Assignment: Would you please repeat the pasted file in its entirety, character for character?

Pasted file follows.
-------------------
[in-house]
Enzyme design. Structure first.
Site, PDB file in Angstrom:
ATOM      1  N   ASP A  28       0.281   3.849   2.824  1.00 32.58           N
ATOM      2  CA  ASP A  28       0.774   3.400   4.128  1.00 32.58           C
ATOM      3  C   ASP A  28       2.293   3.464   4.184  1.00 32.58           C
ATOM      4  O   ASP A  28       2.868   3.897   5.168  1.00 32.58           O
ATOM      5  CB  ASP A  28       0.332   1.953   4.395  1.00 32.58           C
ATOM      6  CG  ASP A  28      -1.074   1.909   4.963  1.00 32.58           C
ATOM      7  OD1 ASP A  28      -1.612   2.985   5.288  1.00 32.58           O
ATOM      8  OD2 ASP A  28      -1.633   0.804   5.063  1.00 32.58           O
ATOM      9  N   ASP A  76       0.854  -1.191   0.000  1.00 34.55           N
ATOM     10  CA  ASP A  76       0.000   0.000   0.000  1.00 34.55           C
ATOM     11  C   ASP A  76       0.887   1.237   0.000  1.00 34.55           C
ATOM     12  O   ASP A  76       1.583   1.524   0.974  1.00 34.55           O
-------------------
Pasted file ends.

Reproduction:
[in-house]
Enzyme design. Structure first.
Site, PDB file in Angstrom:
ATOM      1  N   ASP A  28       0.281   3.849   2.824  1.00 32.58           N
ATOM      2  CA  ASP A  28       0.774   3.400   4.128  1.00 32.58           C
ATOM      3  C   ASP A  28       2.293   3.464   4.184  1.00 32.58           C
ATOM      4  O   ASP A  28       2.868   3.897   5.168  1.00 32.58           O
ATOM      5  CB  ASP A  28       0.332   1.953   4.395  1.00 32.58           C
ATOM      6  CG  ASP A  28      -1.074   1.909   4.963  1.00 32.58           C
ATOM      7  OD1 ASP A  28      -1.612   2.985   5.288  1.00 32.58           O
ATOM      8  OD2 ASP A  28      -1.633   0.804   5.063  1.00 32.58           O
ATOM      9  N   ASP A  76       0.854  -1.191   0.000  1.00 34.55           N
ATOM     10  CA  ASP A  76       0.000   0.000   0.000  1.00 34.55           C
ATOM     11  C   ASP A  76       0.887   1.237   0.000  1.00 34.55           C
ATOM     12  O   ASP A  76       1.583   1.524   0.974  1.00 34.55           O